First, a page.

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Adam Butler’s development in year three is an under-the-radar storyline for the Patriots defense

New England’s defense has played some tremendous football, and Butler’s growth is an underrated reason for it.

NFL: SEP 22 Jets at Patriots Photo by Rich Graessle/Icon Sportswire via Getty Images

The New England Patriots’ defense has been spectacular over the first quarter of the 2019 regular season — from the secondary shutting down opposing aerial attacks to the linebackers’ versatility and productivity against the pass and the run, the unit has seen standout performances four weeks in a row. One position group, however, has flown under the radar a bit compared to the others: the defensive tackle spot.

While players such as Devin McCourty, Kyle Van Noy and Jamie Collins have made most of the headlines for the game-changing plays they produced on a regular basis, the men up front have received less attention despite being of no less importance to the entire operation. While Lawrence Guy is his usual stout self, Danny Shelton made an impressive second-year jump from rotational role player in 2018 to core piece in 2019.

And then, there’s Adam Butler.

No defensive tackle on the Patriots’ roster has seen as much playing time through Week 4 as Butler, who has been on the field for 130 of the team’s 265 defensive plays so far this season. This workload is noticeably higher than Guy’s and Shelton’s, who have both played exactly 100 snaps so far on defense. And when listening to Bill Belichick, it is not hard to see why he has been entrusted with such a big role in his third year with the team.

“Adam’s a very intelligent player and he has very good football instincts. You can give him a lot of information and he kind of knows when to apply it and when not to apply it,” the Patriots’ head coach said during a conference call earlier this week when asked about Butler and his development over the years. “He’s really absorbed a lot of information since he came here the last two-and-a-half years.”

“His ability to do the right thing at the right time based on a call, or based on the way that the line blocks, or kind of the protections they use, things like that in the pass rush, even in the running game; he does a good job of recognizing those things quickly and making good decisions, which is really hard to do when you’re in-line like that,” he added. “You have so many people close, right on top of you, and especially when he plays on the nose.”

Butler’s history probably plays a reason in his ability to read and react quickly to plays. After all, he started his career at Vanderbilt as an offensive lineman before being asked to move to the other side of the trenches following his redshirt senior season: the team was short-handed on defense, and Butler was seen as a potential fix. Needless to say that the move paid off, even though it did not lead to him getting drafted in 2017.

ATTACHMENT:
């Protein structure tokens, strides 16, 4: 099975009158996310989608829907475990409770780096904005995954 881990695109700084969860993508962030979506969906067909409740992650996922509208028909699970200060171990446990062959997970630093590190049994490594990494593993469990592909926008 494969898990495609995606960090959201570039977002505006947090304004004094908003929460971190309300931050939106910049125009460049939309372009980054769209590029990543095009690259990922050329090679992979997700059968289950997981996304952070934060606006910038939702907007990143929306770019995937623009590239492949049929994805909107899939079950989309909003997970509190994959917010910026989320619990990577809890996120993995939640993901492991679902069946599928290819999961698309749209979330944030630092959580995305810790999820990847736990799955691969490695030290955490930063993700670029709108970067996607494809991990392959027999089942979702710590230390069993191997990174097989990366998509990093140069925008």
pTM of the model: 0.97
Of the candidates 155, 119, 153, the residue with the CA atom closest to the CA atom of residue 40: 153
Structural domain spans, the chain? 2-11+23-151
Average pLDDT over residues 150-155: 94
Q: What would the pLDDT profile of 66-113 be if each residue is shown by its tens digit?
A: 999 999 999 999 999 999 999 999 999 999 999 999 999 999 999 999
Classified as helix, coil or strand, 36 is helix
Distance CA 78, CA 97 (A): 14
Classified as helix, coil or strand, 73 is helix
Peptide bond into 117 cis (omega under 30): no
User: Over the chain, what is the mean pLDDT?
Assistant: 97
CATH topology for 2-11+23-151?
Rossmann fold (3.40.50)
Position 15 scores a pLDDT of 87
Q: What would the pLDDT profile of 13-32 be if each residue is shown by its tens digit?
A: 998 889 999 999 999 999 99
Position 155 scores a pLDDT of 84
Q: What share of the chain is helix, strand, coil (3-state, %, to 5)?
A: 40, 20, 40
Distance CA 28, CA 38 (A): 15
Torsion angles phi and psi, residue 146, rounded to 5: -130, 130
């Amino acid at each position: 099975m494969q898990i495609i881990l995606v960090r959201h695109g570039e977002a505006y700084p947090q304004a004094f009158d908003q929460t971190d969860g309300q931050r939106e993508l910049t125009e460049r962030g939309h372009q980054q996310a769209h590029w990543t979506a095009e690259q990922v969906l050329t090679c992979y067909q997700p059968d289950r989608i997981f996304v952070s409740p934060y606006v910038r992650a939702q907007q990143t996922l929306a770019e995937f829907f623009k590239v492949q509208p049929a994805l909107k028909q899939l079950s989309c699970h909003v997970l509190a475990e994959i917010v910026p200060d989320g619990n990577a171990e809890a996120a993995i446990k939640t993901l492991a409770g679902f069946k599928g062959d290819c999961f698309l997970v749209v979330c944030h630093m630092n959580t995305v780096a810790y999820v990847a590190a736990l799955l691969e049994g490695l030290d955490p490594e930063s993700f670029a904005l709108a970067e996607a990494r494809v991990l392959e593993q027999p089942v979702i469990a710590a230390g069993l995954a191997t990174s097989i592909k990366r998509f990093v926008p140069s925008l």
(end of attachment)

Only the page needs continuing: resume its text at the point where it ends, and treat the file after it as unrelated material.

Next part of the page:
Ultimately, however, he made his way to the Patriots where the undrafted free agent not only earned a roster spot during his rookie season but quickly developed into an important part of the defensive front: over his first two years with the club, Butler saw regular playing time on both defense and special teams while growing from a primary sub-pass rusher from the interior of the line to a well-rounded and versatile tackle.

“A lot of times there’s three guys that can block him, center and either guard, especially if we’re in an odd front,” said Belichick about the 25-year-old’s usage and how he handles its responsibilities. “It’s a tough position to play, but he does an excellent job of using his quickness, using his length and making really good football decisions based on what happens in a very short amount of time.”

“You can coach those things — and we do — but to make those decisions as quickly as he makes them, and as instinctively as he does it is pretty good. It’s pretty unique,” added the Patriots’ head coach. “All players get better with coaching, all players get better with experience, but his growth in three years now has really been impressive; his ability to adapt and adjust depending on who he’s working with on the defensive line.”

So far this season, the process has worked well. Not only has Butler seen a bigger share of defensive playing time when compared to years one and two, he also has produced in whichever role he was asked to play. Just take last week’s game against the Buffalo Bills as an example, when he played almost two thirds of New England’s defensive snaps and made one of the most impressive play on a day filled with many of them.

Up just six points in the early fourth quarter, the Patriots were backed up at their own goal line against a Bills offense that had just lost its starting quarterback to a concussion. The adjustment period after Josh Allen’s injury allowed backup Matt Barkley to drive the home team deep into New England territory. With a 3rd and goal from the 2-yard line coming up, however, Buffalo trusted veteran running back Frank Gore to carry the football.

He did not go anywhere. Butler kept his forward momentum intact despite a cut-block attempt by Bills center Mitch Morse, and able to tackle the ball carrier for a loss of one yard. Buffalo decided to go for it on fourth down, and ultimately had to turn the ball over on an incomplete pass attempt. The team never came this close again to taking the lead as it fell 16-10 to the Patriots. And while other players made the “bigger” plays, the impact Butler’s tackle had cannot be underestimated.

The same goes for his entire role within New England’s outstanding defense: he may not be the biggest name or headline-grabbing star, but he does his job well and has earned the coaching staff’s trust. Quite the development for the former draft day afterthought.